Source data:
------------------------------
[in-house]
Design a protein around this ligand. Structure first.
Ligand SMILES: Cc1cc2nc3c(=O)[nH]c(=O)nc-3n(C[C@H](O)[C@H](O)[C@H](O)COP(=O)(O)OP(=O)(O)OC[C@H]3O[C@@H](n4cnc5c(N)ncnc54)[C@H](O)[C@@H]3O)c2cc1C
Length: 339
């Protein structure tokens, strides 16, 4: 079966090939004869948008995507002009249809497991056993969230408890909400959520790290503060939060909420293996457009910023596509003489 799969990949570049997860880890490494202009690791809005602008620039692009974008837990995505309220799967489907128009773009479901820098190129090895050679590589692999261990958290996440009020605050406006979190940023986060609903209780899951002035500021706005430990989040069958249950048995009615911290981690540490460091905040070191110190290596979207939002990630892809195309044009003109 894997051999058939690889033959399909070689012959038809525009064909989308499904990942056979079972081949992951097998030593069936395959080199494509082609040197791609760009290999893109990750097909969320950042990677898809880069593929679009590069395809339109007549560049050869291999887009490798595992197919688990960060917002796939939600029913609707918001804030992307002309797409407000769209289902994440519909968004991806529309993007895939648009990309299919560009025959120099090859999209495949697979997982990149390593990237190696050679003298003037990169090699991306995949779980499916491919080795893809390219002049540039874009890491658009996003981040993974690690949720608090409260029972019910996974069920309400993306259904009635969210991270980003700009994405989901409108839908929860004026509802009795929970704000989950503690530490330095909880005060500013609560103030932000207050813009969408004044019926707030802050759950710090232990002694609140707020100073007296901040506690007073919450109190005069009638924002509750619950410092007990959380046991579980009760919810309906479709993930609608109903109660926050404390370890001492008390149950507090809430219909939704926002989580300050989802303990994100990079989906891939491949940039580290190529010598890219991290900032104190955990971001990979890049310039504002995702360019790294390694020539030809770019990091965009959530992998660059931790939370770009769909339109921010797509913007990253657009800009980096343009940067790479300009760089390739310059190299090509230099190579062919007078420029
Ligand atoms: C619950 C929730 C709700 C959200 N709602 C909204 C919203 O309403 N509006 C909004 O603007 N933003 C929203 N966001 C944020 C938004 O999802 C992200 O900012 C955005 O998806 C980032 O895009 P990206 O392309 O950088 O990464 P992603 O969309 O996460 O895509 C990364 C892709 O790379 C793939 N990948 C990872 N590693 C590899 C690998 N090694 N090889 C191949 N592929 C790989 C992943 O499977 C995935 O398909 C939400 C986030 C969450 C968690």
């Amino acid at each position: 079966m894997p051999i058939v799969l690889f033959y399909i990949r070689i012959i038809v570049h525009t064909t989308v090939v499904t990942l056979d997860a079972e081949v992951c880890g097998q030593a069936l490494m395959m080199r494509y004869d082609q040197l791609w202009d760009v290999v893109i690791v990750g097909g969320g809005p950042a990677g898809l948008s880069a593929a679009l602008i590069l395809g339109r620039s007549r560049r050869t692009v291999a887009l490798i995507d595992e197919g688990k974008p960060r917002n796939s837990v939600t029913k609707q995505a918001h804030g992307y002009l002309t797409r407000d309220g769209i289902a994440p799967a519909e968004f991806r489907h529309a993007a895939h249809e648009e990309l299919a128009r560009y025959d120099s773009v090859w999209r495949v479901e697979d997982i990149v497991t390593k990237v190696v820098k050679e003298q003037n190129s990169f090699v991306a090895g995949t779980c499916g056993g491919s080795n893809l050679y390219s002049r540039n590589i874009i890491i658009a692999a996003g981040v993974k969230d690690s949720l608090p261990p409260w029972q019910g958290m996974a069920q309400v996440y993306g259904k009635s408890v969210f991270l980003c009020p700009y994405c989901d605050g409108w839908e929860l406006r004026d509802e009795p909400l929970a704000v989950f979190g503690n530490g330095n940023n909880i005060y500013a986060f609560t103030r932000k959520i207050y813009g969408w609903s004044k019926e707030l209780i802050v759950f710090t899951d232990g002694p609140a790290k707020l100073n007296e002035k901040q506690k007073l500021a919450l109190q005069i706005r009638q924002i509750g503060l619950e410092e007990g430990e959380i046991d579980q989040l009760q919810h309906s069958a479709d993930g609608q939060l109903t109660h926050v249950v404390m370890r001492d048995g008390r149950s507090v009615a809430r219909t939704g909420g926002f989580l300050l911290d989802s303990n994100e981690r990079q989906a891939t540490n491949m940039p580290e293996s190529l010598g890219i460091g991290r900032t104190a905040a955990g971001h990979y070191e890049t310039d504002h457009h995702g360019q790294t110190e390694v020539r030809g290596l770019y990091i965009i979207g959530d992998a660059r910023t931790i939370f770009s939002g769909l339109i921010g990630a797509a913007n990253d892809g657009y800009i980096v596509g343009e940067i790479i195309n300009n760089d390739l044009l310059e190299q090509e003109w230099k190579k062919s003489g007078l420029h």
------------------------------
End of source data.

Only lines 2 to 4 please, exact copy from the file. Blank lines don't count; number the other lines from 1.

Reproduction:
Design a protein around this ligand. Structure first.
Ligand SMILES: Cc1cc2nc3c(=O)[nH]c(=O)nc-3n(C[C@H](O)[C@H](O)[C@H](O)COP(=O)(O)OP(=O)(O)OC[C@H]3O[C@@H](n4cnc5c(N)ncnc54)[C@H](O)[C@@H]3O)c2cc1C
Length: 339